A technology born from University of Louisville research uses spent distillers’ grains, corn and waste wood to create a low-calorie sugar substitute.
And it gets sweeter: the process also results in a bio-mass “coal” alternative that burns up to 20 times cleaner than the regular stuff.
The technology was invented at the UofL Conn Center for Renewable Energy Research, biomass conversion and biofuels group in collaboration with Michael Nantz and his team in the UofL chemistry department. The newly-issued patent for the technology is now licensed to Louisville-based startup, BioProducts, which is working to get it to market.
Brian Walsh, the company’s CEO, said the potential environmental benefits of the technology are huge. According to the U.S. Energy Information Administration, burning traditional coal can cause emissions linked to smog, acid rain and other negative environmental and health side effects
“There’s a better way to do it,” he said. “We don’t have to harm the earth. We don’t have to pollute.”
The process isolates xylose – a low-calorie sugar from the biomass. Xylose sugar is widely used as a diabetic sweetener in food and beverage applications. It is also used as a diagnostic agent to observe malabsorption in the gastrointestinal tract.
Once the xylose is extracted, the team turns the remnant agriculture waste products into a cleaner “drop-in” replacement for coal – a “bio-coal” product.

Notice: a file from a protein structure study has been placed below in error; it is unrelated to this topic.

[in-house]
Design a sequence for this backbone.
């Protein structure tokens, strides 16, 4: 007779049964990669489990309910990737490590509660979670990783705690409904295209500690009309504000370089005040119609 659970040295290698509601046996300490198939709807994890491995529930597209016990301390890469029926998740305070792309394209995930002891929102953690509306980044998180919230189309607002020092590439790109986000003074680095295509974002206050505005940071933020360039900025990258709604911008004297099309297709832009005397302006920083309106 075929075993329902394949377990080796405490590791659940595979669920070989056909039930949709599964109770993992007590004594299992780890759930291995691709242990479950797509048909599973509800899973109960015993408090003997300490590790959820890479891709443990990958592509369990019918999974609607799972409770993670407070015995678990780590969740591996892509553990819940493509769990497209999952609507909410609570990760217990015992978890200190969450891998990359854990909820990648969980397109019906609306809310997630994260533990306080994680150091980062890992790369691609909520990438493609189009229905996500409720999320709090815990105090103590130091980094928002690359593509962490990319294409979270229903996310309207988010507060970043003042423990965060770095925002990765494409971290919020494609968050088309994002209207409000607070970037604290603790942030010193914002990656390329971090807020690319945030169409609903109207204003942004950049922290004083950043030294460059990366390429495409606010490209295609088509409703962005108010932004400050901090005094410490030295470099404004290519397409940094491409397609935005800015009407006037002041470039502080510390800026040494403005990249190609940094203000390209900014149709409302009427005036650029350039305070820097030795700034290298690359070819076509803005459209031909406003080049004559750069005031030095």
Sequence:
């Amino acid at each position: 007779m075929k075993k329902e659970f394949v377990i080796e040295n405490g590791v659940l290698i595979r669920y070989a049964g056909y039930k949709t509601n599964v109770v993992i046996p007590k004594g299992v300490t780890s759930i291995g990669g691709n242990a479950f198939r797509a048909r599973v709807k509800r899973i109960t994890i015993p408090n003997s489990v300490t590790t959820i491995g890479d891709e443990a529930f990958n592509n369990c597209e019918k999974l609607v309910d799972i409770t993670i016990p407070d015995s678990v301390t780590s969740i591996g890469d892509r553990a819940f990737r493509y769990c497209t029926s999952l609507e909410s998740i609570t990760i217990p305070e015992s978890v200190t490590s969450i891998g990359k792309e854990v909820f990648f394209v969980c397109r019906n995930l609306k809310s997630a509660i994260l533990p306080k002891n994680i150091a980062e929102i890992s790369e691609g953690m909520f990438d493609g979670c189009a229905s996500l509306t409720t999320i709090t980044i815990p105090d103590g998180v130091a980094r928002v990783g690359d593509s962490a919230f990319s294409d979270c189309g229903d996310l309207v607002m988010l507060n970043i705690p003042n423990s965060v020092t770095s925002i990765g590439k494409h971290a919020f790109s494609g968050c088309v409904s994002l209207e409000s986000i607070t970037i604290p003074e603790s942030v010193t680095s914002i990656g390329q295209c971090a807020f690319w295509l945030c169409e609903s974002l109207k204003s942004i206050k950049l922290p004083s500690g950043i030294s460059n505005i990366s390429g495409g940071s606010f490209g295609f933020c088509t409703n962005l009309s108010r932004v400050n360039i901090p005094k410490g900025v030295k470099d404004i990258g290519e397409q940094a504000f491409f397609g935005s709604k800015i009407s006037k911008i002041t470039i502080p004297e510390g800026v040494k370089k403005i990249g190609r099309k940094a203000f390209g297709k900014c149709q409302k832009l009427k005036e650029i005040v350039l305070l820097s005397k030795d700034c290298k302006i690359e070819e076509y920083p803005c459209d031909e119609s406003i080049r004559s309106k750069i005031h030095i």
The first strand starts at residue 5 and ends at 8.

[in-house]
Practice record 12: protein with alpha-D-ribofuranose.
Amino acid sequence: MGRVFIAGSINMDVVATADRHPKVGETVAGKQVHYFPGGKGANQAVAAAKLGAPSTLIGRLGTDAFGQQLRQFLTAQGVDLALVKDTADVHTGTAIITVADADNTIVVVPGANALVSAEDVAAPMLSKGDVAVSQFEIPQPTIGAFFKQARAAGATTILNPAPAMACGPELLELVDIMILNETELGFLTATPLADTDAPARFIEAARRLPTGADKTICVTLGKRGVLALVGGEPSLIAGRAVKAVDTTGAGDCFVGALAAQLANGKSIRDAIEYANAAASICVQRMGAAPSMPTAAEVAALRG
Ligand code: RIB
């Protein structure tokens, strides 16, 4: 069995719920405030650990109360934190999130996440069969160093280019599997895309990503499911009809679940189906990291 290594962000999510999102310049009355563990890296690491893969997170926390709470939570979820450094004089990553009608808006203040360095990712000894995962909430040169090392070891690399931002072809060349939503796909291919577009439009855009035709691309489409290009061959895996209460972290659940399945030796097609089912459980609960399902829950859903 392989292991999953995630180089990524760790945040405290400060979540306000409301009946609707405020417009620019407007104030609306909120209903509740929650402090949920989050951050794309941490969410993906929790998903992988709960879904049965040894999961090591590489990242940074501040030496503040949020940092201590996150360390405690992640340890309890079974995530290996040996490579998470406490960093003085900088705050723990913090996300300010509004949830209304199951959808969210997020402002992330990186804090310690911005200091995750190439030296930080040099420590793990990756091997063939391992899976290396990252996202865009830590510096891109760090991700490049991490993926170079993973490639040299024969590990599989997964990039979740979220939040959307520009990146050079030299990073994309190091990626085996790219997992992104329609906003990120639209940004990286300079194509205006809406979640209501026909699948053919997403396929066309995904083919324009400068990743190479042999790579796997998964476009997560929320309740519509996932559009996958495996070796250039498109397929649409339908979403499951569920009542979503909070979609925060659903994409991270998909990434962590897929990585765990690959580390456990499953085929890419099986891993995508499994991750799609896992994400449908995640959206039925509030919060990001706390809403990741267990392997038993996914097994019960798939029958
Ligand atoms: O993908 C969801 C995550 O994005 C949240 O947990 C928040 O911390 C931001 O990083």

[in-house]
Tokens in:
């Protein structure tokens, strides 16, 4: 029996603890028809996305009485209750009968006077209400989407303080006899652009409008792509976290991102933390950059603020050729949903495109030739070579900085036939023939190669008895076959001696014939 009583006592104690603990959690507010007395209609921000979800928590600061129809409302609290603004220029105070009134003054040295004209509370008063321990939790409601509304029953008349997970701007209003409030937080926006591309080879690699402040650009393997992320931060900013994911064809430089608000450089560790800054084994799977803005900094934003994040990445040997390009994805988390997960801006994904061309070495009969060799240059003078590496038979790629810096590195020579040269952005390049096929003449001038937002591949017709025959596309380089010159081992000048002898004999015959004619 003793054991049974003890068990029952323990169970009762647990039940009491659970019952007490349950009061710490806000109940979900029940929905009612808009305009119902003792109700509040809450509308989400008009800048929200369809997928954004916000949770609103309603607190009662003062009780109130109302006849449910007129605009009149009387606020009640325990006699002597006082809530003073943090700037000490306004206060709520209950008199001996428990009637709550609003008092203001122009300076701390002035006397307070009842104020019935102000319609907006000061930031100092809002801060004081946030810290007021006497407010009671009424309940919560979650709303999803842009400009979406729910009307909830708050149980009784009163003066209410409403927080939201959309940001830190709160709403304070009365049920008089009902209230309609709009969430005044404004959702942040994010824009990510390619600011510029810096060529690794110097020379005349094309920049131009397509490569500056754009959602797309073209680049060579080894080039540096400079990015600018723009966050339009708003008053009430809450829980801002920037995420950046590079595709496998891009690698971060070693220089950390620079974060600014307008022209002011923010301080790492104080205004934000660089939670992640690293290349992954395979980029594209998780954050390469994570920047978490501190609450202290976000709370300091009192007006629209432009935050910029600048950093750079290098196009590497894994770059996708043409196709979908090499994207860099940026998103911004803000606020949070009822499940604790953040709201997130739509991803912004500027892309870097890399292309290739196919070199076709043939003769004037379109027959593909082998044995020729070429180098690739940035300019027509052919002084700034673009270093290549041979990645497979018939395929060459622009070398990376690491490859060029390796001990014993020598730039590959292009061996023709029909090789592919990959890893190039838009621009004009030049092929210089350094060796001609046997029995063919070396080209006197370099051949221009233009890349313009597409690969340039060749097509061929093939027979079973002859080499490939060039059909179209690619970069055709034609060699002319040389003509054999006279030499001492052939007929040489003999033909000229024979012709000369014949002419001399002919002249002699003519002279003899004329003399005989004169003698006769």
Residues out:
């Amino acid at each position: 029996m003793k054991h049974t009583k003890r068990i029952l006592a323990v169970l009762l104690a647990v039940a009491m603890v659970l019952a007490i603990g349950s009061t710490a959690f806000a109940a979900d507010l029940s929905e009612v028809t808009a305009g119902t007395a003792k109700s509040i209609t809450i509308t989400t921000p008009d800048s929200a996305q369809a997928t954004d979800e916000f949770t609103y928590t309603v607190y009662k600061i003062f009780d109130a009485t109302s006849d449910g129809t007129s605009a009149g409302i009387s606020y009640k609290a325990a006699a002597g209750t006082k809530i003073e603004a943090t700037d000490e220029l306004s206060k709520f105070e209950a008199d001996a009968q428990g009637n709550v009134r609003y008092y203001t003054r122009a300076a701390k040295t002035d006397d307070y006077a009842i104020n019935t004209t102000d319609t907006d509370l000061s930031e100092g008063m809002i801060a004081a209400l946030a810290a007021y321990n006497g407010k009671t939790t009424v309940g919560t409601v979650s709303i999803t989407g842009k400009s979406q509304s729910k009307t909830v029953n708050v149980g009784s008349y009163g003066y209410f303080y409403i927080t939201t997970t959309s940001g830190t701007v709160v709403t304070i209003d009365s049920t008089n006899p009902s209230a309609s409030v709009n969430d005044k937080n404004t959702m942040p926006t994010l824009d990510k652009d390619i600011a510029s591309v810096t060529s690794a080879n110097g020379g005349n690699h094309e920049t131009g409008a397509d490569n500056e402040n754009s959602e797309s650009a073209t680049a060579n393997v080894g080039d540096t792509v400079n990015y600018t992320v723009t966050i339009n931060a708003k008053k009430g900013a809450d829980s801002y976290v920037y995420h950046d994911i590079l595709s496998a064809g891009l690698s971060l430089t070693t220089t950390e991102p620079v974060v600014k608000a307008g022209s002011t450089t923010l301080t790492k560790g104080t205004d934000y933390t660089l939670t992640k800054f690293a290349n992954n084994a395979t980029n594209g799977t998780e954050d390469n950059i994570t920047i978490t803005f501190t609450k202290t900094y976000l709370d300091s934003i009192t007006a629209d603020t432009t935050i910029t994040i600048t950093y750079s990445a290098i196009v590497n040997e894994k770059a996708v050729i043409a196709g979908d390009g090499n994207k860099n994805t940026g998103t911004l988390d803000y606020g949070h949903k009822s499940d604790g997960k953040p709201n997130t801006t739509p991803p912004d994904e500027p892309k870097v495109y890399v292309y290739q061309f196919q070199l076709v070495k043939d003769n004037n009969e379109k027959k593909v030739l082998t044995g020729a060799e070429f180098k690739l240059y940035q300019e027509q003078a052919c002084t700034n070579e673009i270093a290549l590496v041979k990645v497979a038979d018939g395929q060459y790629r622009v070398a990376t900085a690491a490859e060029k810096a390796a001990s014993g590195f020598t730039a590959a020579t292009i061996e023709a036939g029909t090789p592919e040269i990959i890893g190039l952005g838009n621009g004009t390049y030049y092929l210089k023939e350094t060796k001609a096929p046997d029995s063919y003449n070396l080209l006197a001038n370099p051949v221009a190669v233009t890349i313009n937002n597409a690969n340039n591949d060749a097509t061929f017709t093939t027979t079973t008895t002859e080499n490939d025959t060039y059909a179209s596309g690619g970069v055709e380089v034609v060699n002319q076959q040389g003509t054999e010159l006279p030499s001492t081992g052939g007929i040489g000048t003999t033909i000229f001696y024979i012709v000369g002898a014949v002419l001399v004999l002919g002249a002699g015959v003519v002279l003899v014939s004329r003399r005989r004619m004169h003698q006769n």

BioProducts licensed the technology from UofL’s Commercialization EPI-Center, which handles intellectual property resulting from university research and forges partnerships with companies for commercialization.
“I’m blown away with how well UofL does integrating technology with business leaders,” Walsh said. “I’ve never seen anything like it. I don’t see other universities doing that better.”
Dr. Jagannadh Satyavolu, theme leader for biomass and biofuels research at the UofL Conn Center, led this research effort and is the founder of BioProducts. Energy and value creation from waste products are his specialty.
In the past, Satyavolu has partnered with industry to accelerate the commercialization of multiple bioproducts made from wood and agricultural biomass materials. His bio-coal work has been partly funded by U.S. Endowment for Forestry and Communities. Dr. Satyavolu is continuing his bio-coal research work with Oregon Torrefaction LLC, John Day, Oregon and other industry partners.
The process technology behind those products, as with the technology licensed by BioProducts, was torrefaction — essentially, “roasting” the biomass material to remove moisture and certain volatile compounds. A densification step needs to follow torrefaction to make the product denser, turning it into a coal replacement brick that’s easier to store and ship.
He said the xylose work started about seven years ago, after he took on a pilot project to find new uses for spent distiller’s grain — something Kentucky has in spades — and for corn. Walsh said the product could also create an additional revenue stream for farmers who might otherwise lose money on their agriculture waste.
“We’re always looking for new opportunities to add value and lower the cost of biofuels,” Satyavolu said.